Chinese state firm executives frozen out of Central Committee as Xi Jinping’s anti-corruption plan bites

In stark contrast to previous event, company chiefs are excluded from Communist Party’s elite decision-making body in move linked to president’s anti-graft campaign

PUBLISHED : Thursday, 26 October, 2017, 6:48pm
UPDATED : Thursday, 26 October, 2017, 11:09pm

No executives from state-owned enterprises (SOE) made it to the Chinese Communist Party’s newly elected Central Committee as full members – a dramatic change from 2012 when five top managers of state firms were among more than 200 full members on the party’s elite decision-making body.

Since then, three SOE executives have taken on administrative positions with local governments; one was ousted in the anti-corruption crackdown and another implicated in alleged illegal selling of shares during China’s summer 2015 stock market meltdown.

The paucity of full-member SOE executives on the latest iteration of the Central Committee would appear to be out of sync with party leader Xi Jinping’s aim of making state-owned enterprises bigger and stronger, as stated in his grand economic strategy.

State-firm reform was the centrepiece of an economic plan that achieved mainly disappointing results in Xi’s first five-year term.

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Political commentator Chen Daoyin said the committee’s lack of top SOE managers reflected how Beijing’s high-profile curbs on corruption and the work of the party’s anti-graft agency have deeply infiltrated the processes for electing party congress delegates and full and alternate members.

“The clampdown on corruption will continue to further clean up the party to avoid the repeat of the massive downfalls of the previous five years,” Chen said.

Until then, Xi will work to complete two major tasks, integrating the military and civilian sectors and mixed-ownership reform, the commentator said.

The 19th Party Congress produced a mandate to include the decisive role of the market forces in the party constitution while also stressing the party’s absolute control over every aspect of society, the military, politics and the economy in its charter.

“The party’s DNA is now deeply embedded in the state firms,” said Jan Gaspers, who heads the European China policy unit of the Berlin-based Mercator Institute for China Studies.

“Corruption has been one of the central challenges the party has taken [on] over the past five years,” Gaspers said. “That has resulted in the party finding new ways and means to be more firmly embedded in the decision-making procedures and day-to-day business in SOEs.”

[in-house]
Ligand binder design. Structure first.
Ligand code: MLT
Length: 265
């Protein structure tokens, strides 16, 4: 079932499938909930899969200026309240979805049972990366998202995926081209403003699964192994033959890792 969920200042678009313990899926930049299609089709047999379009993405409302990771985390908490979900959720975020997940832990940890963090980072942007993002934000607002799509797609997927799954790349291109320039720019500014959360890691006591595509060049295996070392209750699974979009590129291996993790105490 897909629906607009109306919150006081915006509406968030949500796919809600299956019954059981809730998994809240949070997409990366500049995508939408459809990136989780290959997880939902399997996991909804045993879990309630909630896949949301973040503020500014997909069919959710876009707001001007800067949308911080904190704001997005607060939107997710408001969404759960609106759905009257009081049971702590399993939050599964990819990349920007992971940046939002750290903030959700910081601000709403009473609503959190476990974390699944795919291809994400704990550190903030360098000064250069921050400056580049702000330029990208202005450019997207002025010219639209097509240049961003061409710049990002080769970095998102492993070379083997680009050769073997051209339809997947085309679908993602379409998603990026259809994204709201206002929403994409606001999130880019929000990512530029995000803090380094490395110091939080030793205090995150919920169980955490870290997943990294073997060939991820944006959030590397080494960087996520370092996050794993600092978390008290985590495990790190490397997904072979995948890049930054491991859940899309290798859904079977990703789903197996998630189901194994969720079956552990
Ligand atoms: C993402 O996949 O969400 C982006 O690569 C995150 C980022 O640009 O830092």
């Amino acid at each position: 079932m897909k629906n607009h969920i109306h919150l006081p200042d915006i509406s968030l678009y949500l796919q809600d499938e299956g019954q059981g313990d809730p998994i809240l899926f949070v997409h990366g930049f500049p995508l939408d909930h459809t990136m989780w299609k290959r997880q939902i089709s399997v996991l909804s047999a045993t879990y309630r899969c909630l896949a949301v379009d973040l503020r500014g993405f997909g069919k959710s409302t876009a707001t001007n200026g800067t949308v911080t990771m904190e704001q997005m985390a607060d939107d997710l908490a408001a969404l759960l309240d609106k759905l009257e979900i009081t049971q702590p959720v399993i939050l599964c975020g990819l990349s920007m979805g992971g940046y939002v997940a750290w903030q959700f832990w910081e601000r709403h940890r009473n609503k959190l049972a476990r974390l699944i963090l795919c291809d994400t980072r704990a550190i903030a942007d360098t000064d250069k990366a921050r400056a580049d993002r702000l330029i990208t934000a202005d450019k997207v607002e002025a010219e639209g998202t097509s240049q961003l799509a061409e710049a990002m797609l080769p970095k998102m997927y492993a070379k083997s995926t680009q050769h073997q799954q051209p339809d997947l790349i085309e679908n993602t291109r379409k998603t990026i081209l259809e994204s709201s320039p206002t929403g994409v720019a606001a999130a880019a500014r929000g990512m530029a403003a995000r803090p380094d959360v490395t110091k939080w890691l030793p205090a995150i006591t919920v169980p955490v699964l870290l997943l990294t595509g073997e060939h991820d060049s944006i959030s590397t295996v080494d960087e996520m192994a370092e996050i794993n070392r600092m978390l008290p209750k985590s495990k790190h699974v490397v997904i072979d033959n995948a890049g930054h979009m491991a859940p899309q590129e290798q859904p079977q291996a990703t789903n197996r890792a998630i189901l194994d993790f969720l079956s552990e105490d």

The lack of SOE heavyweights on the list also indicated that Xi’s required political-business mode is yet to be realised. “The downfall of big tigers in officialdom is often connected with SOEs,” Chen said.

In a rare address in March, Xi said “new ties between politics and business” should be “cosy” and “clean”.

The relationship between the government and business has been complicated by persistent graft and collusion, fuelling public anger and hindering even legitimate interaction between the two sides, analysts said.

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But Li Jin, chief researcher with the China Enterprise Research Institute, a government-backed think tank in Beijing, said an absence of state firms’ executives on the Central Committee does not mean SOEs are losing status. “There are more alternate members from the SOE sector,” the researcher said.

Among alternate members on the list who have no voting rights but may get the chance to advance to a full membership, the number of senior SOE executives increased to 16 from 10 in the last five years.

Ma Zhengwu, chairman of state-owned investment conglomerate Cheng tong Group, is the front-runner here. Other candidates include He Dongfeng, general manager of home-grown passenger plane maker Commercial Aircraft Corp of China, and Ren Hongbin, chairman of China National Machinery Industry Corp.

Another reason for the absence of SOE executives on the top decision-making panel could be personnel changes tied to mergers of state firms and mixed-ownership reform that aims to partially privatise state firms, pundits said. The partial privatisation was expected to take place after the party congress.

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Where key SOE executives and party figures are now:

Jiang Jiemin, former chairman of China National Petroleum Corp, one of China’s three state-controlled oil giants, was elected to the committee as a full member in 2012, but later was jailed for corruption.

Lin Zuoming, another full member in 2012, is the chairman of top state-owned aerospace conglomerate Aviation Industry Corp of China, but reportedly has not been seen since April 2016 amid an investigation into illegal stock sales two years ago.

Ma Xingrui, general manager of China Aviation Science and Technology Corp, a full member in 2012, was appointed governor of Guangdong province.

Xu Dazhe was general manager of China Aerospace Science and Industry Corporation when he secured a full membership in 2012; he is now the deputy party secretary and governor of Hunan province.

Zhang Guoqing, who was general manager of China North Industries Group Corporation when obtaining a full membership five years ago, is now the mayor of Chongqing.